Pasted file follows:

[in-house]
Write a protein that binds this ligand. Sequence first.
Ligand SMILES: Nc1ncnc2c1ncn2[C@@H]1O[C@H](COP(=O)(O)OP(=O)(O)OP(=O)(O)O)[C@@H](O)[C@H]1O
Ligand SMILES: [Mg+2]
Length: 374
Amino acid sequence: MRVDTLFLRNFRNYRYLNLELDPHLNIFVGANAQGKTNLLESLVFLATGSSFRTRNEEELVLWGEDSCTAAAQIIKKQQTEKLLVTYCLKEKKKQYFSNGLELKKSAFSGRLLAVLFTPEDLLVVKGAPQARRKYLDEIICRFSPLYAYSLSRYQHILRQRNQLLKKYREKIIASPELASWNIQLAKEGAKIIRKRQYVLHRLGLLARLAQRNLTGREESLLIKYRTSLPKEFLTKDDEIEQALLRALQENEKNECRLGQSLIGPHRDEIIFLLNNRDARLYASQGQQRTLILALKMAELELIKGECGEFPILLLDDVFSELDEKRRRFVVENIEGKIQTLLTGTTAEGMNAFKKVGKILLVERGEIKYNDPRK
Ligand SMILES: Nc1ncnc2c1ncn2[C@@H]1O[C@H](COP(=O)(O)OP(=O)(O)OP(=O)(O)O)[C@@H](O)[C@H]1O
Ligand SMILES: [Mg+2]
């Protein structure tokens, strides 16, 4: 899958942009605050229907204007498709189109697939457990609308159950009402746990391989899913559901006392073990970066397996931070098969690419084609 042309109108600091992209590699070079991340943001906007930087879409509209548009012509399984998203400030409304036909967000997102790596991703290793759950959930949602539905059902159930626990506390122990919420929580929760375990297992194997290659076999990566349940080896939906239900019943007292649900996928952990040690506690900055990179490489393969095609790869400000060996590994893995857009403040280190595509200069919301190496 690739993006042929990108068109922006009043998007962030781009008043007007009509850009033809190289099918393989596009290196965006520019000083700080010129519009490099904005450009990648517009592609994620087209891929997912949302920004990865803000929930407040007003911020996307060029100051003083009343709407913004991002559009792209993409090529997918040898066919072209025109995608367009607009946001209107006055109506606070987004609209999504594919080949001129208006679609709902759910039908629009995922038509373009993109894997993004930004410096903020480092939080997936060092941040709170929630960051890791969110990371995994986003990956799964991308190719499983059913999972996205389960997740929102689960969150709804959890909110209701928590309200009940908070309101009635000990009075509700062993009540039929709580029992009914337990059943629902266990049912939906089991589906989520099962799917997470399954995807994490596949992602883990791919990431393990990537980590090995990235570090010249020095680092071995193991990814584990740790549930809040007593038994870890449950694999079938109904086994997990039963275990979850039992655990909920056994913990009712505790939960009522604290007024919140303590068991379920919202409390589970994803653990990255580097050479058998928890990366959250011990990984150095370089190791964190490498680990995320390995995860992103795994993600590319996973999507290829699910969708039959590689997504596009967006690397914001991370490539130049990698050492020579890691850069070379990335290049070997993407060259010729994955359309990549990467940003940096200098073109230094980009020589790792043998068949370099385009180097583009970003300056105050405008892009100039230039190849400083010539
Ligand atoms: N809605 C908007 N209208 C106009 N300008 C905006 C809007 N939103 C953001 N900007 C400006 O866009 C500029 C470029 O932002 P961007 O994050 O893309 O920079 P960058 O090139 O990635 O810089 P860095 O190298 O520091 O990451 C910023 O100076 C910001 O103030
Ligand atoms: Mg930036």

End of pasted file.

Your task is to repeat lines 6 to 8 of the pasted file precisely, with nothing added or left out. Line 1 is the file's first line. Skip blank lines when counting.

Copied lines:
Amino acid sequence: MRVDTLFLRNFRNYRYLNLELDPHLNIFVGANAQGKTNLLESLVFLATGSSFRTRNEEELVLWGEDSCTAAAQIIKKQQTEKLLVTYCLKEKKKQYFSNGLELKKSAFSGRLLAVLFTPEDLLVVKGAPQARRKYLDEIICRFSPLYAYSLSRYQHILRQRNQLLKKYREKIIASPELASWNIQLAKEGAKIIRKRQYVLHRLGLLARLAQRNLTGREESLLIKYRTSLPKEFLTKDDEIEQALLRALQENEKNECRLGQSLIGPHRDEIIFLLNNRDARLYASQGQQRTLILALKMAELELIKGECGEFPILLLDDVFSELDEKRRRFVVENIEGKIQTLLTGTTAEGMNAFKKVGKILLVERGEIKYNDPRK
Ligand SMILES: Nc1ncnc2c1ncn2[C@@H]1O[C@H](COP(=O)(O)OP(=O)(O)OP(=O)(O)O)[C@@H](O)[C@H]1O
Ligand SMILES: [Mg+2]